Featuring talented stars like Robert Preston and Shirley Jones, the former appearing in the stage version, the film was one of the biggest hits of the year and can be watched and re-watched whenever the mood strikes for sing-along tunes and a cheery story told from a purely Americana viewpoint.

In the summer of 1912, deceitful traveling salesman Harold Hill (Preston) arrives in River City, Iowa, intent on swindling the town folks of their money. Masquerading as a traveling music instructor, he plans to bamboozle parents into enrolling their kids in a marching band and selling the instruments.

He uses scare tactics to incorporate fear into the gullible parents and romantically sets his sights on the local librarian, Marian (Jones). Marian, who is distrustful of men, slowly falls in love with Harold, as his plotting eventually is discovered resulting in a witch hunt.

Of the plethora of musical releases bombarding Hollywood throughout the 1950s and 1960s, The Music Man arguably possesses the catchiest tunes and the most jovial spirit.

Impossible not to hum along with or tap one’s foot to, the songs stick in the viewer’s heads for days after watching the addictive production.

My favorites are “Seventy-Six Trombones”, “Gary, Indiana”, and “Pick-a-little, Talk-a-little” as each has distinctive melodies, rhymes, and rapid-fire dialogue.

The musical soundtrack always pleasures the gloomiest of days which speaks volumes of the legs the musical contains.

Besides the tunes, the best aspect of The Music Man is the romantic storyline at its core. The chemistry exists in full form between Preston and Jones and each is perfectly cast.

Due to the studio wanting “a big name” Preston nearly didn’t make the cut, which would have been a shame. As he infuses life and humor into a character who could be perceived as dastardly, he tips the likability scale firmly his way, making the character the hero of the film.

Jones, a treasured singer, is just as good as Preston, playing the mousy and serious Marian believably. Her “slice of the mid-west” innocence and blonde hair portray her as corn-bred, but the actress makes the character work for her, and combined, the duo is sensational.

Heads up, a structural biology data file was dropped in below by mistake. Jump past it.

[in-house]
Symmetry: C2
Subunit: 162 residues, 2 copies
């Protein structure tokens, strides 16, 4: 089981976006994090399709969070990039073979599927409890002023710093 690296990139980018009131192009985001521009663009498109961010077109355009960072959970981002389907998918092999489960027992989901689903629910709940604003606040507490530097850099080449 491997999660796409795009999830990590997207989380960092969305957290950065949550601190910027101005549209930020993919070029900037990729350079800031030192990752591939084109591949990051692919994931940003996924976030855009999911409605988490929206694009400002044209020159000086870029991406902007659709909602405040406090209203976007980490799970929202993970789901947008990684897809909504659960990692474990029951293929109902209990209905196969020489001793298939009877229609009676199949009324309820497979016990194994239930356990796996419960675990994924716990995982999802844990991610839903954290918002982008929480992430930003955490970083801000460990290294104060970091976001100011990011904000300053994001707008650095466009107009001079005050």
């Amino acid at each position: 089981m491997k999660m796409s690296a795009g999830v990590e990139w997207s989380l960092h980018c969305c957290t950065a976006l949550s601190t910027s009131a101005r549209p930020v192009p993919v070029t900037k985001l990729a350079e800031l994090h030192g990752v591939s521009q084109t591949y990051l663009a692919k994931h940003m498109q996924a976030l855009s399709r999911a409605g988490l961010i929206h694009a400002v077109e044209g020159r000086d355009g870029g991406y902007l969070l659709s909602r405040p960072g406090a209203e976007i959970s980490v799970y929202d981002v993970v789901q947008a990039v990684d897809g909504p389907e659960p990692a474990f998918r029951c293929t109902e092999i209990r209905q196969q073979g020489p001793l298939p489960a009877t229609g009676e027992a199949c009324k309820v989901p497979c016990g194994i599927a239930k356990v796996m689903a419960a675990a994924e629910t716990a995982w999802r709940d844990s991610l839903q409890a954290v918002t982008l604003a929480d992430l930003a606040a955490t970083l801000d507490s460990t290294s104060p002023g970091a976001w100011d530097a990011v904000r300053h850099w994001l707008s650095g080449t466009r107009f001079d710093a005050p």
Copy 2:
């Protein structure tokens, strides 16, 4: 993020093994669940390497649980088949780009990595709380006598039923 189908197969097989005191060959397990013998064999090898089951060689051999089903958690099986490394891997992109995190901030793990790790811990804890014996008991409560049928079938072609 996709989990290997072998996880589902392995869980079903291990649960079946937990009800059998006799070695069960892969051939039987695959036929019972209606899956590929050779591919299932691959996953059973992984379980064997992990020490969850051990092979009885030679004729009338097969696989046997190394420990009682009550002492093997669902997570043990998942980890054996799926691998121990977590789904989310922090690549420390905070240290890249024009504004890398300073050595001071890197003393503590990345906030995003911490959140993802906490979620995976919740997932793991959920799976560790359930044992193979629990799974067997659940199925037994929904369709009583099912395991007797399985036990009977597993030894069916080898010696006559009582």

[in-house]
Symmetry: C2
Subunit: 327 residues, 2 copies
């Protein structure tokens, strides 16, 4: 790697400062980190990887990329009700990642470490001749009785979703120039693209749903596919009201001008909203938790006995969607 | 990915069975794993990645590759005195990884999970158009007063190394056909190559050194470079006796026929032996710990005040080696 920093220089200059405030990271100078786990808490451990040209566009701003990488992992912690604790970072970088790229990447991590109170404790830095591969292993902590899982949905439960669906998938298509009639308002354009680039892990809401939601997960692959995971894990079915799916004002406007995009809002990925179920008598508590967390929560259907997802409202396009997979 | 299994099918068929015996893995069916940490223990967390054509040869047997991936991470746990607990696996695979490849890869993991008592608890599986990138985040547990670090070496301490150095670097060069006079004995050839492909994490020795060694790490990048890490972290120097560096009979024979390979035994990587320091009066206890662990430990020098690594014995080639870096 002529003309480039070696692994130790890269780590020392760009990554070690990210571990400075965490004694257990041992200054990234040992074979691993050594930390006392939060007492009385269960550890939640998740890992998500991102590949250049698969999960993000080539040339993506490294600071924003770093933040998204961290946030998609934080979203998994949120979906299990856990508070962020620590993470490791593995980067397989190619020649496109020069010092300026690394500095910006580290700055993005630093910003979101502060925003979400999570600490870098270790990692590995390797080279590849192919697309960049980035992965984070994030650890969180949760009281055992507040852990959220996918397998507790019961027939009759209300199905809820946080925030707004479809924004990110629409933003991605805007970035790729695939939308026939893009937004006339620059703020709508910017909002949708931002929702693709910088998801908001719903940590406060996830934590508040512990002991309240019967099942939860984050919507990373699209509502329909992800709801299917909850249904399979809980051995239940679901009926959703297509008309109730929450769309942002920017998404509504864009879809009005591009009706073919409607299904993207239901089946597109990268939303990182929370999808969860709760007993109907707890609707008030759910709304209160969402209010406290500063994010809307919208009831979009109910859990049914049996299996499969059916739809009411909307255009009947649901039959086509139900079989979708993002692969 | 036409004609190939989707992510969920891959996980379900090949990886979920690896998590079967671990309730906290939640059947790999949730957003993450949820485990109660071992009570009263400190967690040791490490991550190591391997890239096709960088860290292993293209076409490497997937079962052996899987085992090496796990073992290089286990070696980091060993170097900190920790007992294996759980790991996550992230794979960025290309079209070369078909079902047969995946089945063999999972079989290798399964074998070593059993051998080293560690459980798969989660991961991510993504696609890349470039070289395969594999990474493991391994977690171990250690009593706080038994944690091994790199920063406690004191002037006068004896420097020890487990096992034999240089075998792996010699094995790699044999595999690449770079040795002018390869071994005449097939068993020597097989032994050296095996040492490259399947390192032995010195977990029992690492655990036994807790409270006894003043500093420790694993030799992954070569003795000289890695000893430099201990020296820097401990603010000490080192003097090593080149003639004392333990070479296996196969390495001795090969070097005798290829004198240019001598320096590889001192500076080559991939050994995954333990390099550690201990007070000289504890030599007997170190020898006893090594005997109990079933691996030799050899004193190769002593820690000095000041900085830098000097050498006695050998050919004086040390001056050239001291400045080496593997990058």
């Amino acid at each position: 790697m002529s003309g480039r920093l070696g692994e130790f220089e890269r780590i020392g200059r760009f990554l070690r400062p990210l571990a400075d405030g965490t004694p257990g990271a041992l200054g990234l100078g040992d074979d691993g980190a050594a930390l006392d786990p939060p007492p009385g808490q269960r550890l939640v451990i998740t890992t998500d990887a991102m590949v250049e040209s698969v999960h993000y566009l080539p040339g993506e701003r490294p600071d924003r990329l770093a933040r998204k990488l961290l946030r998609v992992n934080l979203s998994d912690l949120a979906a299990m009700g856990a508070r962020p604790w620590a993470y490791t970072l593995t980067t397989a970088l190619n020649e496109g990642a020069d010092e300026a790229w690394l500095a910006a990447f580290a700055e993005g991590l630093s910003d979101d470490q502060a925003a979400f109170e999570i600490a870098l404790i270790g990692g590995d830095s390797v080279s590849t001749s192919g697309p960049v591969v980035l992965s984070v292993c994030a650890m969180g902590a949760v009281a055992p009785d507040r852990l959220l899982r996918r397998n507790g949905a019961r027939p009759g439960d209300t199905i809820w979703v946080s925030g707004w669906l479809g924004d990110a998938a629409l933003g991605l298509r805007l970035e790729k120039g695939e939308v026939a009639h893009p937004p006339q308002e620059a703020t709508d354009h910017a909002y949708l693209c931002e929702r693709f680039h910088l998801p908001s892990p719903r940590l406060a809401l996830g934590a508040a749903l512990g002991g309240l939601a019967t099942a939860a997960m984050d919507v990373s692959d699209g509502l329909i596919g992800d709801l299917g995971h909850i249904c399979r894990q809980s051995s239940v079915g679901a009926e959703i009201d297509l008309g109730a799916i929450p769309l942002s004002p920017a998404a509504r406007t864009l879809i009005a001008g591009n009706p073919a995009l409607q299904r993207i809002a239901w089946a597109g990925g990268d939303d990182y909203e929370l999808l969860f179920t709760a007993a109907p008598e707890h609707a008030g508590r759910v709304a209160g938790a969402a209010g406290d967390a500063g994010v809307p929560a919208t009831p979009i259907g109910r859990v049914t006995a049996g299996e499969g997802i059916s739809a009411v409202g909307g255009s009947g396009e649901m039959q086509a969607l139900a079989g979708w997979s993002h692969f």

The best sequence the pair appear in is the wonderful “Marian the Librarian”, a sneaky and naughty number the most adult of all the renditions. Their mutual attraction becomes evident, this is the moment when the film brings the audience to its knees.

The musical is purely a slice of Americana, which may limit its popularity across oceans, but for Americans, it works and feels authentic. This is no surprise given that composer Willson hailed from the mid-west.

With an uplifting message and a nostalgic ode to a country once filled with promise and innocence, the film is arguably even more important in today’s divisive environment.

The piece wisely does not celebrate small-town cliches but instead offers a wholesomeness. The townsfolk sing and dance together and celebrate life as a neighborly bunch and this nuance is refreshing to see.

The supporting cast adds flavor and comedy to the production. A very young child actor, soon to be famous director, Ron Howard, offers a heartfelt performance of “Gary, Indiana”.

Character actors Paul Ford and Hermione Gingold offer delightful hysterics as Mayor Shinn and his wife Eulalie.

Thematically like Oklahoma (1955) and Picnic (1955), at least from geographical and time-period perspectives, but distant relatives as far as mood and drama, all three could be watched in one marathon weekend.

The Music Man (1962) provides the most warmth and will fill the most stone-faced of individuals with beaming smiles at its conclusion.

The film version is a perfect example of a stage musical successfully brought to the silver screen with energy, a bombast, and gorgeous singing and dancing.

Oscar Nominations: 1 win-Best Picture, Best Scoring of Music-Adaptation or Treatment (won), Best Sound, Best Art Direction, Color, Best Costume Design, Color, Best Film Editing

The Manchurian Candidate-1962

The Manchurian Candidate-1962

Director John Frankenheimer

Starring Frank Sinatra, Laurence Harvey